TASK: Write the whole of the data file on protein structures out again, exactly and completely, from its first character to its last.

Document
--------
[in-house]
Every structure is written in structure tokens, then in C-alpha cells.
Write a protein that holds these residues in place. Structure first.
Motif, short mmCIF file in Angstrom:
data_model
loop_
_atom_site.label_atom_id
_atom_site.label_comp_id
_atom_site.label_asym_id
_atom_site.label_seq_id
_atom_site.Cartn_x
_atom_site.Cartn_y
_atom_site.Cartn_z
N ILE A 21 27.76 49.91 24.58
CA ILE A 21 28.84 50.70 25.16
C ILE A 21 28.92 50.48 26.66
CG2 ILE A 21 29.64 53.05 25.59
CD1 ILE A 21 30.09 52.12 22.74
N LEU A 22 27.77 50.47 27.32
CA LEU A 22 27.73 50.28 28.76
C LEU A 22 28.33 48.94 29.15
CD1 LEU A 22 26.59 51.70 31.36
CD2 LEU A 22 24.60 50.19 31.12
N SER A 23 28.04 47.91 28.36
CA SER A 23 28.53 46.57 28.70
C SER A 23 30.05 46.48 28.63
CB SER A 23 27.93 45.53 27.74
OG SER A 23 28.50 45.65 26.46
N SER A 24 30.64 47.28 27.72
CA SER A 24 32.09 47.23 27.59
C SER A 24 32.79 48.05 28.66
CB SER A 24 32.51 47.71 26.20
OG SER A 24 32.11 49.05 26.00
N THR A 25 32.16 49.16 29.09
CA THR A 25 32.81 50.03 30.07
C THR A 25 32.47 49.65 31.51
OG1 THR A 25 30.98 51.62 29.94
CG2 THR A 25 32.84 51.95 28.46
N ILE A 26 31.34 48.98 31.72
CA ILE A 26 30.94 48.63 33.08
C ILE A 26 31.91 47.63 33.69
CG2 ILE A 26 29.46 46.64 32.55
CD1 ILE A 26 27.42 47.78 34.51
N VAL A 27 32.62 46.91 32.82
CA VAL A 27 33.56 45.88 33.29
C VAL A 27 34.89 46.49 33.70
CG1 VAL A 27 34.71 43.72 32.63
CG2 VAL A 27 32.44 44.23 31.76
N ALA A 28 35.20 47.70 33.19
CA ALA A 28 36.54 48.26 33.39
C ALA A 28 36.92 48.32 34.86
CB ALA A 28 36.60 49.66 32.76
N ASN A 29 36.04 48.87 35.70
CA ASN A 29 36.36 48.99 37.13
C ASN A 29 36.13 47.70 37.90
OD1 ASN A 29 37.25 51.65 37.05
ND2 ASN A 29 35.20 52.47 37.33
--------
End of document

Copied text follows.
[in-house]
Every structure is written in structure tokens, then in C-alpha cells.
Write a protein that holds these residues in place. Structure first.
Motif, short mmCIF file in Angstrom:
data_model
loop_
_atom_site.label_atom_id
_atom_site.label_comp_id
_atom_site.label_asym_id
_atom_site.label_seq_id
_atom_site.Cartn_x
_atom_site.Cartn_y
_atom_site.Cartn_z
N ILE A 21 27.76 49.91 24.58
CA ILE A 21 28.84 50.70 25.16
C ILE A 21 28.92 50.48 26.66
CG2 ILE A 21 29.64 53.05 25.59
CD1 ILE A 21 30.09 52.12 22.74
N LEU A 22 27.77 50.47 27.32
CA LEU A 22 27.73 50.28 28.76
C LEU A 22 28.33 48.94 29.15
CD1 LEU A 22 26.59 51.70 31.36
CD2 LEU A 22 24.60 50.19 31.12
N SER A 23 28.04 47.91 28.36
CA SER A 23 28.53 46.57 28.70
C SER A 23 30.05 46.48 28.63
CB SER A 23 27.93 45.53 27.74
OG SER A 23 28.50 45.65 26.46
N SER A 24 30.64 47.28 27.72
CA SER A 24 32.09 47.23 27.59
C SER A 24 32.79 48.05 28.66
CB SER A 24 32.51 47.71 26.20
OG SER A 24 32.11 49.05 26.00
N THR A 25 32.16 49.16 29.09
CA THR A 25 32.81 50.03 30.07
C THR A 25 32.47 49.65 31.51
OG1 THR A 25 30.98 51.62 29.94
CG2 THR A 25 32.84 51.95 28.46
N ILE A 26 31.34 48.98 31.72
CA ILE A 26 30.94 48.63 33.08
C ILE A 26 31.91 47.63 33.69
CG2 ILE A 26 29.46 46.64 32.55
CD1 ILE A 26 27.42 47.78 34.51
N VAL A 27 32.62 46.91 32.82
CA VAL A 27 33.56 45.88 33.29
C VAL A 27 34.89 46.49 33.70
CG1 VAL A 27 34.71 43.72 32.63
CG2 VAL A 27 32.44 44.23 31.76
N ALA A 28 35.20 47.70 33.19
CA ALA A 28 36.54 48.26 33.39
C ALA A 28 36.92 48.32 34.86
CB ALA A 28 36.60 49.66 32.76
N ASN A 29 36.04 48.87 35.70
CA ASN A 29 36.36 48.99 37.13
C ASN A 29 36.13 47.70 37.90
OD1 ASN A 29 37.25 51.65 37.05
ND2 ASN A 29 35.20 52.47 37.33